BROOKSVILLE — Rejecting pleas of mercy from former students, a judge sentenced a former Hernando County teacher Thursday to more than nine years in prison for having sex with a 17-year-old girl.
Timothy Brightbill, 43, a former band director at Nature Coast Technical High School, pleaded guilty last month and left punishment to the judge.
"I crossed the line of ethics and the law by falling in love," he told the court, turning to the parents of the girl sitting in the courtroom. "I would never have harmed her, or let harm come to her, and I always respected her wishes. However, I accept responsibility for not stopping the relationship prior to it crossing that line."
Brightbill's attorney, James Campbell, argued for a sentence below state guidelines, saying the sex acts were mutual and victim, now 18, did not want to see her former teacher go to prison. In statements made to deputies, the student said she was "in love" with Brightbill.
But Circuit Judge Jack Springstead, echoing the arguments of the prosecutor, emphasized that Brightbill held a position of authority.
"The way this relationship arose violated a number of specific trusts bestowed upon Mr. Brightbill," he said. In particular, "he violated the trust of society in general."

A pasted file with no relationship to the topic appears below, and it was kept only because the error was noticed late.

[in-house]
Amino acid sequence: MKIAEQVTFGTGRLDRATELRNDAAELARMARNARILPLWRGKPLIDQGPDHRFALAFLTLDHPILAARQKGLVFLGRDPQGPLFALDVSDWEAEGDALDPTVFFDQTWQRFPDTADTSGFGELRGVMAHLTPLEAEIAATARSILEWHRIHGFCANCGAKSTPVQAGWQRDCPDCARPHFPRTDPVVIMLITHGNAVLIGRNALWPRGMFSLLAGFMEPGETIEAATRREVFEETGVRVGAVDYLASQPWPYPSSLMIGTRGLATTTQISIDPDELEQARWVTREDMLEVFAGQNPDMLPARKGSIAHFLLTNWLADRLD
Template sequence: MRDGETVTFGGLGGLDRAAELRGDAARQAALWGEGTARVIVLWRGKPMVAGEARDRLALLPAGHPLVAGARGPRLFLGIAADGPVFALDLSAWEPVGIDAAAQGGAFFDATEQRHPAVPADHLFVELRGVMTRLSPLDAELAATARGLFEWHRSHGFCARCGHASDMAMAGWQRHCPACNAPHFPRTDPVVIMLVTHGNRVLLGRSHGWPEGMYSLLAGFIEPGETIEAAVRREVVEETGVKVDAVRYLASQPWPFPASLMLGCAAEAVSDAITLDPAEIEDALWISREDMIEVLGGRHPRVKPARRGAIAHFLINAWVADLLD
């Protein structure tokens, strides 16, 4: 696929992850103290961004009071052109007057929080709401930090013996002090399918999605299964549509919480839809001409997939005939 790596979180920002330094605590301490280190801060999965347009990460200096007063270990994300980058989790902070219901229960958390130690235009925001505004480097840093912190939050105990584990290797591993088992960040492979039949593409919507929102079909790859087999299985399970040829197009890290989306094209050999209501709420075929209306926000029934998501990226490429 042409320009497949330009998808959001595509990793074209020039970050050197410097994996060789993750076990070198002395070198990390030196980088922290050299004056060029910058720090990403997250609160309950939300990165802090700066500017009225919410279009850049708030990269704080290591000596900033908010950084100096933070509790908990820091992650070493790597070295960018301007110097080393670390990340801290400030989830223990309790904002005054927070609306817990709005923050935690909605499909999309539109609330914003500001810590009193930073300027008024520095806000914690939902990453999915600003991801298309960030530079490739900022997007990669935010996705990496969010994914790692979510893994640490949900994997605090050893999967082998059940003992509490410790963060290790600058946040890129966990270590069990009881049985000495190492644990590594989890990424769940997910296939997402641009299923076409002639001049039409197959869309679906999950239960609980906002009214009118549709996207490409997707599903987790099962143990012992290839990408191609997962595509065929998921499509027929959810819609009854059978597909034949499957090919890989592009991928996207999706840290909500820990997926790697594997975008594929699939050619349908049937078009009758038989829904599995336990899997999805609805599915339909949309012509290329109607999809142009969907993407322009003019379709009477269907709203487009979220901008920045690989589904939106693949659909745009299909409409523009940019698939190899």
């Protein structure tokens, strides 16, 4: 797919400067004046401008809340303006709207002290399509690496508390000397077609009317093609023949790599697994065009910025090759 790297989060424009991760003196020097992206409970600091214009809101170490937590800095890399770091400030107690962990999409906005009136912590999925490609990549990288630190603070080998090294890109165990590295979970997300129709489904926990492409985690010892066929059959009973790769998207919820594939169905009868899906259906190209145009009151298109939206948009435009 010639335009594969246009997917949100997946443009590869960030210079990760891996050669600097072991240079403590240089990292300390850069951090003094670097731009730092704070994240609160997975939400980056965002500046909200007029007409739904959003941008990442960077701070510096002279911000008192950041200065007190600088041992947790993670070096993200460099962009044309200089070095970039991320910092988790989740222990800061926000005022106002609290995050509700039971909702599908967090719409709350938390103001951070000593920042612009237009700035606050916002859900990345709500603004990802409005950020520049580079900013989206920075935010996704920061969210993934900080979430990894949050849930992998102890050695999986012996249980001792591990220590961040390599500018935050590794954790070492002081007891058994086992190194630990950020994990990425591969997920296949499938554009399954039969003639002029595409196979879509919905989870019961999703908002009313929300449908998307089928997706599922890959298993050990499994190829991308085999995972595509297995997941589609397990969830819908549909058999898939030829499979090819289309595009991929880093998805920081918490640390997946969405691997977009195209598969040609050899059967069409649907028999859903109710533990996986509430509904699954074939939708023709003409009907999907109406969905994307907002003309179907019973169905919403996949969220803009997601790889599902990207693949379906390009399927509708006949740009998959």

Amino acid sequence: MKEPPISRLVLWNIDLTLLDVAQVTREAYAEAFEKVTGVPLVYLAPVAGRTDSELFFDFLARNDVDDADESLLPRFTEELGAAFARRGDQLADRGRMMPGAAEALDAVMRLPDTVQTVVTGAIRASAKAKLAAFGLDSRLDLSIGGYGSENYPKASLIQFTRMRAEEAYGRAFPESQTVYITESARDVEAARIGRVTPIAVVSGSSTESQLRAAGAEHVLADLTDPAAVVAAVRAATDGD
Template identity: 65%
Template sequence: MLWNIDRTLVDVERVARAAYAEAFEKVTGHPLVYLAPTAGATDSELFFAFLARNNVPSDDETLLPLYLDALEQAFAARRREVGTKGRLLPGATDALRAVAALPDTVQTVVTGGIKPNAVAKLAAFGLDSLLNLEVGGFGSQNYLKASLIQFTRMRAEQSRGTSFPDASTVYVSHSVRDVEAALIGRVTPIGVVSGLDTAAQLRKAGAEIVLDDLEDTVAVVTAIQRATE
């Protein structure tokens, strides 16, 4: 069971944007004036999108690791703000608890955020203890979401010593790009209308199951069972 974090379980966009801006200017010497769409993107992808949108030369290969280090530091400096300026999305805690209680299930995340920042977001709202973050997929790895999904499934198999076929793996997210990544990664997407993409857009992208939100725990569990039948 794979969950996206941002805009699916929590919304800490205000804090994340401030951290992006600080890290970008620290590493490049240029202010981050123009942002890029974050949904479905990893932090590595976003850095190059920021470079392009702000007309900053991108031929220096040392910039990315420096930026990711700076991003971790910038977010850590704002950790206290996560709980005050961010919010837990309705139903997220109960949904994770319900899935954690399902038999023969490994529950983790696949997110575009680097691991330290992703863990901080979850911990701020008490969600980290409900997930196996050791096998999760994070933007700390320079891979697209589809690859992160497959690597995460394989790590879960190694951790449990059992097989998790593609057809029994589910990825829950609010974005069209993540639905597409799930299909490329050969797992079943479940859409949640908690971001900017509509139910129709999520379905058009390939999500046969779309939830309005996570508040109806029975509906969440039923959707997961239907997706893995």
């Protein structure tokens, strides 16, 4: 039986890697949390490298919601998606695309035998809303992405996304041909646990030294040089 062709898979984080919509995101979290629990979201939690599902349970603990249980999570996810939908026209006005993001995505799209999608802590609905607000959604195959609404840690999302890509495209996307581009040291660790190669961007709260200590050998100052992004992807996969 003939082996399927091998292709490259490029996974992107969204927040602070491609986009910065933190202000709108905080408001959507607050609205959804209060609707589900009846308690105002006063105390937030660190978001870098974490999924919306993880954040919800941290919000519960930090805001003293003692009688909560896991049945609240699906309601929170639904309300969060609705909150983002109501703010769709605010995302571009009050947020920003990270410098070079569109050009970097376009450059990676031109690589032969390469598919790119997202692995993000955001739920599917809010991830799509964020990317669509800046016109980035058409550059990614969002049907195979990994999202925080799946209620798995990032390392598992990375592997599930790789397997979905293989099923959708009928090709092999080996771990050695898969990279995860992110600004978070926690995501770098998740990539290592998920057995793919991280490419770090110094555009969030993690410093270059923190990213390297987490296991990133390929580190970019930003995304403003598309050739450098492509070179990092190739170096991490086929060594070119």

Brightbill, a husband and father of one, faced a maximum 30 years in prison on two counts of sexual battery. Springstead gave him nine years and 1 1/2 months, the minimum punishment allowed under state sentencing guidelines, which the judge typically follows.
As deputies took Brightbill into custody, he reached for his wife's hand and kissed it. She sobbed loudly. His former students looked shocked.
Authorities arrested Brightbill on Dec. 31 after the girl's mother came home to find him on top of her daughter, both in underwear. The girl initially downplayed the relationship but Brightbill confessed to engaging in sexual acts on at least two occasions.
The defense attorney said Brightbill's cooperation and the mutual nature of the relationship call for a lesser sentence. He also provided a psychological evaluation suggesting Brightbill had a low risk of recidivism.
Assistant State Attorney Brian Trehy countered, saying he had "set out on a seduction process" that began a year earlier.
He reminded the court that months before the arrest, the girl's parents confronted Brightbill when they found he sent her flirtatious text messages.
"The laws were designed to protect children from (bad) decisions and those who would take advantage of those decisions," Trehy said.
Brightbill resigned after his arrest. Records indicated that school officials missed at least one red flag two years earlier when he was reprimanded by his principal for posting inappropriate photos on his MySpace page.
Brightbill was the second male teacher at Nature Coast Technical High School to get into trouble last school year for inappropriate relationships with female students.
Jamie Joyner, the school's head football coach, resigned after an investigation began into his relationship with a 17-year-old girl. No charges were filed.
John Frank can be reached at email@example.com or (352) 754-6114.